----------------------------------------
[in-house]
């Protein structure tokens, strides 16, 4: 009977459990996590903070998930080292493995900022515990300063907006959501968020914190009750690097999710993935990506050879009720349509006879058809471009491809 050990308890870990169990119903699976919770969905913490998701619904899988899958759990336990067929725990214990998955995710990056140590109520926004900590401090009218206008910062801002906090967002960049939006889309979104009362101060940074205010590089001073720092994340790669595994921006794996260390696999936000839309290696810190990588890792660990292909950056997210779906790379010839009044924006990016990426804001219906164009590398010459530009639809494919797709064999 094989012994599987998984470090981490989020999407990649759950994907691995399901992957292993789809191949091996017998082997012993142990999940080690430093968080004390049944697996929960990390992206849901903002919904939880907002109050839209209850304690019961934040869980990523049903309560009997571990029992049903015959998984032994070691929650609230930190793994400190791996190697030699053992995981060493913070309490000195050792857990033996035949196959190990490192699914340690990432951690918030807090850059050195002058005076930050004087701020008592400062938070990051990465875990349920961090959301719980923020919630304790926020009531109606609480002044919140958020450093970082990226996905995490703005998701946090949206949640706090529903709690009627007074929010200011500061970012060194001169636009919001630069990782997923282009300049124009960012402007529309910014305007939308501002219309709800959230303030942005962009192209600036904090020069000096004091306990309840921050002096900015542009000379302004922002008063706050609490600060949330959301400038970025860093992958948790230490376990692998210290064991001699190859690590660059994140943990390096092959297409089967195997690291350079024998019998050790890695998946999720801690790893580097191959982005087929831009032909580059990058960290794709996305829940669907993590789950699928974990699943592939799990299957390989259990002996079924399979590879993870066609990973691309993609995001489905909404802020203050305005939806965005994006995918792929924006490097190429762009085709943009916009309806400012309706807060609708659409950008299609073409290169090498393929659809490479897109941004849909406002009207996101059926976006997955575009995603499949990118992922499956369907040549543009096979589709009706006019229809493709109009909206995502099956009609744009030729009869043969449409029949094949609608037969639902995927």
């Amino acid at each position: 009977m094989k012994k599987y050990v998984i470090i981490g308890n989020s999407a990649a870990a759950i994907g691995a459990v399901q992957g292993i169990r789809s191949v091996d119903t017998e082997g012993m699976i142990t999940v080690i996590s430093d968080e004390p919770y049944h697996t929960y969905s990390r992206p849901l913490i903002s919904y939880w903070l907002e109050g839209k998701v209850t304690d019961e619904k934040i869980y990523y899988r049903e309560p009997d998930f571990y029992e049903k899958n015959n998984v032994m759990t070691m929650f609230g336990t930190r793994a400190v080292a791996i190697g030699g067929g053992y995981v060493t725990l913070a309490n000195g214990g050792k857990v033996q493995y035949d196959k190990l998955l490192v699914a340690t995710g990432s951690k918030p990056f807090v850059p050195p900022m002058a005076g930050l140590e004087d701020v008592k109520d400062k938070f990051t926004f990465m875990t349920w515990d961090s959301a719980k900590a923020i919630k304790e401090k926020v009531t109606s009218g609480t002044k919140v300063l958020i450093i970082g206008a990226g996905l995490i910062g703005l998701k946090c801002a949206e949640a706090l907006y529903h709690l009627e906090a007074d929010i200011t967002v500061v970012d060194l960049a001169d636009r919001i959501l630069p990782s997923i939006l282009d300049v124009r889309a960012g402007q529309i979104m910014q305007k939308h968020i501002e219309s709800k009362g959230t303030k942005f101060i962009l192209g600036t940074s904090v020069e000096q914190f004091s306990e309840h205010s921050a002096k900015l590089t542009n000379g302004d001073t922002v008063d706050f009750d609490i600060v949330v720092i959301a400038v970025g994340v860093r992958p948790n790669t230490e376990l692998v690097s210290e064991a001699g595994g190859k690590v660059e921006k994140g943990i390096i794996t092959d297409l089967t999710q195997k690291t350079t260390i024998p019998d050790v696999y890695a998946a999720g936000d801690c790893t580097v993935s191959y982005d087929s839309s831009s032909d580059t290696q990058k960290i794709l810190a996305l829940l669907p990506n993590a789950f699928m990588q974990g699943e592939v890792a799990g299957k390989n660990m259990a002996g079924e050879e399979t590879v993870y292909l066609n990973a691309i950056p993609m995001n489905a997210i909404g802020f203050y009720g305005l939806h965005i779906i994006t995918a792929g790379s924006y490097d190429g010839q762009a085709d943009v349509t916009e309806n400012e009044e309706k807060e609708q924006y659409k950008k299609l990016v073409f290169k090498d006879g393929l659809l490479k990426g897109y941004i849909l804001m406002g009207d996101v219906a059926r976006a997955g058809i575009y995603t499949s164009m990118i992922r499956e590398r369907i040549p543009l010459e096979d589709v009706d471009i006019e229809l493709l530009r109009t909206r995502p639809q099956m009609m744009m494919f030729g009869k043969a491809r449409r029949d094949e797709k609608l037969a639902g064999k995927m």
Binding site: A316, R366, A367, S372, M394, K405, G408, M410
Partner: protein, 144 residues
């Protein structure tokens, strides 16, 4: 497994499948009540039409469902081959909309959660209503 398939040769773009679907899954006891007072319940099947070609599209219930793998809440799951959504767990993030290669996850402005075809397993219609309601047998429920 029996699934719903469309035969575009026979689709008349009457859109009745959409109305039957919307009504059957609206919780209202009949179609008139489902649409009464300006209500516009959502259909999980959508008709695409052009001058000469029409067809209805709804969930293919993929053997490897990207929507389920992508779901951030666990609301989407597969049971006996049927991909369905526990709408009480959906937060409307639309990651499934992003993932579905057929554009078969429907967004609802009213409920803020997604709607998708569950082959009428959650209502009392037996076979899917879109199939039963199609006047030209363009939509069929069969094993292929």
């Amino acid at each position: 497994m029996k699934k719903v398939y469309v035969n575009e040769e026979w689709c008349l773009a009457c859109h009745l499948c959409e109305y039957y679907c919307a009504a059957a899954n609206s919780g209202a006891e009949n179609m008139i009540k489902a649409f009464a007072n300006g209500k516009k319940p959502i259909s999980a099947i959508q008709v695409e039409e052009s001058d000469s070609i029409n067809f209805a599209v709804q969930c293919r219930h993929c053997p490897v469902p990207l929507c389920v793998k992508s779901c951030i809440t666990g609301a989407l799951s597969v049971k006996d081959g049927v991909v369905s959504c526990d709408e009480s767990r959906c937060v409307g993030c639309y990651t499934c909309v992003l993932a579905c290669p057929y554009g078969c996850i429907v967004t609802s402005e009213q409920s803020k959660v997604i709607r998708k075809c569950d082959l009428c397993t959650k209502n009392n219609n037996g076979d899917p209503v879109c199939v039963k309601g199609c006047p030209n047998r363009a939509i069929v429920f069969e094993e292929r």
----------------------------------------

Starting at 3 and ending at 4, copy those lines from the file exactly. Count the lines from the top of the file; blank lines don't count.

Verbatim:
């Amino acid at each position: 009977m094989k012994k599987y050990v998984i470090i981490g308890n989020s999407a990649a870990a759950i994907g691995a459990v399901q992957g292993i169990r789809s191949v091996d119903t017998e082997g012993m699976i142990t999940v080690i996590s430093d968080e004390p919770y049944h697996t929960y969905s990390r992206p849901l913490i903002s919904y939880w903070l907002e109050g839209k998701v209850t304690d019961e619904k934040i869980y990523y899988r049903e309560p009997d998930f571990y029992e049903k899958n015959n998984v032994m759990t070691m929650f609230g336990t930190r793994a400190v080292a791996i190697g030699g067929g053992y995981v060493t725990l913070a309490n000195g214990g050792k857990v033996q493995y035949d196959k190990l998955l490192v699914a340690t995710g990432s951690k918030p990056f807090v850059p050195p900022m002058a005076g930050l140590e004087d701020v008592k109520d400062k938070f990051t926004f990465m875990t349920w515990d961090s959301a719980k900590a923020i919630k304790e401090k926020v009531t109606s009218g609480t002044k919140v300063l958020i450093i970082g206008a990226g996905l995490i910062g703005l998701k946090c801002a949206e949640a706090l907006y529903h709690l009627e906090a007074d929010i200011t967002v500061v970012d060194l960049a001169d636009r919001i959501l630069p990782s997923i939006l282009d300049v124009r889309a960012g402007q529309i979104m910014q305007k939308h968020i501002e219309s709800k009362g959230t303030k942005f101060i962009l192209g600036t940074s904090v020069e000096q914190f004091s306990e309840h205010s921050a002096k900015l590089t542009n000379g302004d001073t922002v008063d706050f009750d609490i600060v949330v720092i959301a400038v970025g994340v860093r992958p948790n790669t230490e376990l692998v690097s210290e064991a001699g595994g190859k690590v660059e921006k994140g943990i390096i794996t092959d297409l089967t999710q195997k690291t350079t260390i024998p019998d050790v696999y890695a998946a999720g936000d801690c790893t580097v993935s191959y982005d087929s839309s831009s032909d580059t290696q990058k960290i794709l810190a996305l829940l669907p990506n993590a789950f699928m990588q974990g699943e592939v890792a799990g299957k390989n660990m259990a002996g079924e050879e399979t590879v993870y292909l066609n990973a691309i950056p993609m995001n489905a997210i909404g802020f203050y009720g305005l939806h965005i779906i994006t995918a792929g790379s924006y490097d190429g010839q762009a085709d943009v349509t916009e309806n400012e009044e309706k807060e609708q924006y659409k950008k299609l990016v073409f290169k090498d006879g393929l659809l490479k990426g897109y941004i849909l804001m406002g009207d996101v219906a059926r976006a997955g058809i575009y995603t499949s164009m990118i992922r499956e590398r369907i040549p543009l010459e096979d589709v009706d471009i006019e229809l493709l530009r109009t909206r995502p639809q099956m009609m744009m494919f030729g009869k043969a491809r449409r029949d094949e797709k609608l037969a639902g064999k995927m």
Binding site: A316, R366, A367, S372, M394, K405, G408, M410